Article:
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Home Journal Index 2023-3

Faculty-Student Interaction and Well-Being: The Call for Care in Higher Education

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Cortney E. P. Holles

Colorado School of Mines, USA



This article makes the argument that institutions of higher education are responsible for showing care to faculty and students and must offer support for well-being within the policies and practices of the institution. The experiences of teaching during the height of the Covid-19 pandemic offered lessons that can be gleaned from faculty and student experiences to improve pedagogy and curriculum and increase well-being for all. The author reports on her dissertation study on facultystudent interaction and well-being, investigating the qualities of interactions between faculty and students that influenced their well-being. She collected qualitative data in early 2020, observing classrooms and interviewing faculty and students. The data analysis incorporated the instructional arc to examine intentions and reflections of both faculty and students. The discussion of these findings leads the author to propose a series of actions administrations can take to better support faculty: valuing teaching, compensating and rewarding care work, and seeking faculty feedback on their well-being. Faculty can support students’ well-being by infusing caring pedagogy and engaging in curricular and policy reform discussions that value student input. The author concludes with an illustration of the Flow of Care as a motivation for continued attention to how care influences wellbeing in higher education.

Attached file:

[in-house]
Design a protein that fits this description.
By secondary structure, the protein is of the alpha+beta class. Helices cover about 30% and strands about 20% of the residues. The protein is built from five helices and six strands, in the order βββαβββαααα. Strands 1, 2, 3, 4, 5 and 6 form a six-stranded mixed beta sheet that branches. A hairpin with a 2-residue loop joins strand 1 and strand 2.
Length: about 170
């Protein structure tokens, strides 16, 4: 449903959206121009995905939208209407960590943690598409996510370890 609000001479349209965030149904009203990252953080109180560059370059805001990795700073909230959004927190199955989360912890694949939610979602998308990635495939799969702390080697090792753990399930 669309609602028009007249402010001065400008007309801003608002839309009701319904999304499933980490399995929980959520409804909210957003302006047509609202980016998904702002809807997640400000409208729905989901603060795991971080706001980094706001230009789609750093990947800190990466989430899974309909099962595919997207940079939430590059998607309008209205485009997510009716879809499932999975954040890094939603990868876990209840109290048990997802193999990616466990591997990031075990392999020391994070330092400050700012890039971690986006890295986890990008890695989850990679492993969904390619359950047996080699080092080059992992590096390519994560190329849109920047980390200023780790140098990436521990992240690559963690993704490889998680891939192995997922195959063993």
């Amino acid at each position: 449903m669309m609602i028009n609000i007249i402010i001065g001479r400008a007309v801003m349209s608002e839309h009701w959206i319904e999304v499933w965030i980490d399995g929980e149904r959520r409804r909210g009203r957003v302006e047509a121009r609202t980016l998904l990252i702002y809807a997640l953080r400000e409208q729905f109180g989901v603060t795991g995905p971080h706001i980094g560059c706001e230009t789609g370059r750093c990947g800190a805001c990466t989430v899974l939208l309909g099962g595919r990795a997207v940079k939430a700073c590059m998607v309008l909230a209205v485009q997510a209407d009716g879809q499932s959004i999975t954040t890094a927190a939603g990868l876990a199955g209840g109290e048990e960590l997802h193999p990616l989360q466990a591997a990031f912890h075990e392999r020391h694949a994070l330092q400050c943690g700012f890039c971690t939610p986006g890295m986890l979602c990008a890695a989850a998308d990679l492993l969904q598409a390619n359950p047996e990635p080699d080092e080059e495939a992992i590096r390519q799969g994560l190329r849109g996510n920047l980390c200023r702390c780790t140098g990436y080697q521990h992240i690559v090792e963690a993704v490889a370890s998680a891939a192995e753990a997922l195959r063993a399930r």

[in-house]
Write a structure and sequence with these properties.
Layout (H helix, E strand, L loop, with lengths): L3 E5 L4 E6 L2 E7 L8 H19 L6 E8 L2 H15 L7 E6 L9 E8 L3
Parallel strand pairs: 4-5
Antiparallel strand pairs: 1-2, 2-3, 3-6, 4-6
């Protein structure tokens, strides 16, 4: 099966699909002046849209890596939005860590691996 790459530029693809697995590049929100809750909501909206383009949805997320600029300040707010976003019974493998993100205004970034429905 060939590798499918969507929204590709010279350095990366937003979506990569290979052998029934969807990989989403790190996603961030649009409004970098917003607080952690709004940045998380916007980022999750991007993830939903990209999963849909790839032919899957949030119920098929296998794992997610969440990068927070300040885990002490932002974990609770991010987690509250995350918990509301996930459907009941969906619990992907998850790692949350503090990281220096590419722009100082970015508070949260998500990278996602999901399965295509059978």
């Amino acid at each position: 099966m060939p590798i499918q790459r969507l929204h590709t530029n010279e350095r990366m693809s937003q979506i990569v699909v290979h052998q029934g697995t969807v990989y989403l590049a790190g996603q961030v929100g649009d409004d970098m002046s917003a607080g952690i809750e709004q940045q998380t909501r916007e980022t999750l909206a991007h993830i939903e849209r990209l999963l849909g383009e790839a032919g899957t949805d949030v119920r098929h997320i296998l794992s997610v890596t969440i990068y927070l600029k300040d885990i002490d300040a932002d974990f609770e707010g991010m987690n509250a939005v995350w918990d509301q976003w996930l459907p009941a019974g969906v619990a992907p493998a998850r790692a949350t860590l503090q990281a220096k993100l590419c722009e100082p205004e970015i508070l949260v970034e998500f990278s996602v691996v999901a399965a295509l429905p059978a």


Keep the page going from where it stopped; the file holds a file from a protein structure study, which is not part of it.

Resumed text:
Care, higher education, curriculum, well-being, faculty-student interaction, flow of care, Covid-19 pandemic